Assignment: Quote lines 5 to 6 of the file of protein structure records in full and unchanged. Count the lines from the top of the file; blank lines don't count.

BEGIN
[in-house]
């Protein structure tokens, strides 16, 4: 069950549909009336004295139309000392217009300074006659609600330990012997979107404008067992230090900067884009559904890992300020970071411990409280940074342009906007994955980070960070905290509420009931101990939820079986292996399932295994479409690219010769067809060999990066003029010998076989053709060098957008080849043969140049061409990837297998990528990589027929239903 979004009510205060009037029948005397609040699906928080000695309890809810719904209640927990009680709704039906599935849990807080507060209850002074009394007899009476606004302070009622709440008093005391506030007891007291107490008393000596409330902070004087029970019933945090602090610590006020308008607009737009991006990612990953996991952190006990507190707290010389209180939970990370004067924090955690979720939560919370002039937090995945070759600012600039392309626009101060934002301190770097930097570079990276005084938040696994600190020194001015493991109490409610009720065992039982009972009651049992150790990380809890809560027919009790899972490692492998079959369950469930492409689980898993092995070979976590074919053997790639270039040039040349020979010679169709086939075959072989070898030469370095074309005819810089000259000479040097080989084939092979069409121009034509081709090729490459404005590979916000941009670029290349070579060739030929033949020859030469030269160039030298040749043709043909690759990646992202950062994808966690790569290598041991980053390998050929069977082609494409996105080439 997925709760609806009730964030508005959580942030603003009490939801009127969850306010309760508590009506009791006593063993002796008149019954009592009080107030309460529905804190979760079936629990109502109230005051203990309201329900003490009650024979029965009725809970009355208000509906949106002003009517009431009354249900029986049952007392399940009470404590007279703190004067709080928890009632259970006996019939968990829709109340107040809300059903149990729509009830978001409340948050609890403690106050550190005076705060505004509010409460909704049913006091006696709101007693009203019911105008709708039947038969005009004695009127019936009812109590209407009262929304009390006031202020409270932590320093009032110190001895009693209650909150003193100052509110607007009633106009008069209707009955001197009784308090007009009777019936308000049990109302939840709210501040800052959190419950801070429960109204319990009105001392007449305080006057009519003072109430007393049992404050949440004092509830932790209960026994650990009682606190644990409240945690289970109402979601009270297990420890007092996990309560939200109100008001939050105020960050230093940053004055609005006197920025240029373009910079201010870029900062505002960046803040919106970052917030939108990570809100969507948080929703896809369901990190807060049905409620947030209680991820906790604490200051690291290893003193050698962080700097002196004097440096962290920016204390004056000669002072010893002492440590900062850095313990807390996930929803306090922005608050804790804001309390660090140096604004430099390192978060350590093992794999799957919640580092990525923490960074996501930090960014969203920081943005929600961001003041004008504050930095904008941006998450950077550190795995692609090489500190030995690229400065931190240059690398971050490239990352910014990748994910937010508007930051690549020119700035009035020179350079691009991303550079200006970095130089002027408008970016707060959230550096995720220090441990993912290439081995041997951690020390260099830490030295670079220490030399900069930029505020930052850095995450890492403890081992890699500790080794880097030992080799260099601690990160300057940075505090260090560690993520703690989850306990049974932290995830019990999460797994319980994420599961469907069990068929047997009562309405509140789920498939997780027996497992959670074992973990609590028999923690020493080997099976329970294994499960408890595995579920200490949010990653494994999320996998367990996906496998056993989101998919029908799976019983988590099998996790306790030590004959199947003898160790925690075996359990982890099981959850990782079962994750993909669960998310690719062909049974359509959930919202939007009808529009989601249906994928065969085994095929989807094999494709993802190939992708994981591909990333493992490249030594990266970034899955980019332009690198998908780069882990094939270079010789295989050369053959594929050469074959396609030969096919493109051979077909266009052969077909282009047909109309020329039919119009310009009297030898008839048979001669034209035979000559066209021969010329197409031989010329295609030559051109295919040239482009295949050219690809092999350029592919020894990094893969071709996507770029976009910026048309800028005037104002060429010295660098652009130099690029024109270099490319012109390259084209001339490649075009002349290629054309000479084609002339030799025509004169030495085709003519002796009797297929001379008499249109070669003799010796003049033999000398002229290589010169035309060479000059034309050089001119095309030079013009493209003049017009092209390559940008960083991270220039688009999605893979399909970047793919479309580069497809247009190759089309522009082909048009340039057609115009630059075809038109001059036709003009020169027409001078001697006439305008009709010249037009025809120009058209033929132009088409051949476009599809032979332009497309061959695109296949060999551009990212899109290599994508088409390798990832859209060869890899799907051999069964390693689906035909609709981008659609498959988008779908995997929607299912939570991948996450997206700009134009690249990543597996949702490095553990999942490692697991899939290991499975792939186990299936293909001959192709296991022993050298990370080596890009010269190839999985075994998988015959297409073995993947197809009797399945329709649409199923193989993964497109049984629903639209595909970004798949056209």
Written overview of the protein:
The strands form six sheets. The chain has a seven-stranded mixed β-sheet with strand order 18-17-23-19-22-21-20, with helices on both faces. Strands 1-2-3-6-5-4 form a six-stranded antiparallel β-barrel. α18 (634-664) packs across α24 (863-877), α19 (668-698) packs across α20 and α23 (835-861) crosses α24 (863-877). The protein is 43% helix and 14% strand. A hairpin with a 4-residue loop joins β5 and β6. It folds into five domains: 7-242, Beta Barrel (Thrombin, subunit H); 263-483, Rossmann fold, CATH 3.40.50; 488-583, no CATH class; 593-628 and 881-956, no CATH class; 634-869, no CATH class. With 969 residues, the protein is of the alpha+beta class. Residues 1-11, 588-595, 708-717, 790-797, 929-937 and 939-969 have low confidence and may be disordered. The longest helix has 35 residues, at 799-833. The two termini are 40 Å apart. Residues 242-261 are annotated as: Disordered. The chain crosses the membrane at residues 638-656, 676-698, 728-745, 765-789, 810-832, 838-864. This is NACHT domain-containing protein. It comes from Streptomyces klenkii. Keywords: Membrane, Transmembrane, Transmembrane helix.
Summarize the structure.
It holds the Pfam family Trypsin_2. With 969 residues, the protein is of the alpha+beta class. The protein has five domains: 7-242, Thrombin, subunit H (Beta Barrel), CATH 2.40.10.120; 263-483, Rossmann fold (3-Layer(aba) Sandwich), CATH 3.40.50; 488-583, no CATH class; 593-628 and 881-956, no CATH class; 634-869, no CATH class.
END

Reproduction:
Summarize the structure.
It holds the Pfam family Trypsin_2. With 969 residues, the protein is of the alpha+beta class. The protein has five domains: 7-242, Thrombin, subunit H (Beta Barrel), CATH 2.40.10.120; 263-483, Rossmann fold (3-Layer(aba) Sandwich), CATH 3.40.50; 488-583, no CATH class; 593-628 and 881-956, no CATH class; 634-869, no CATH class.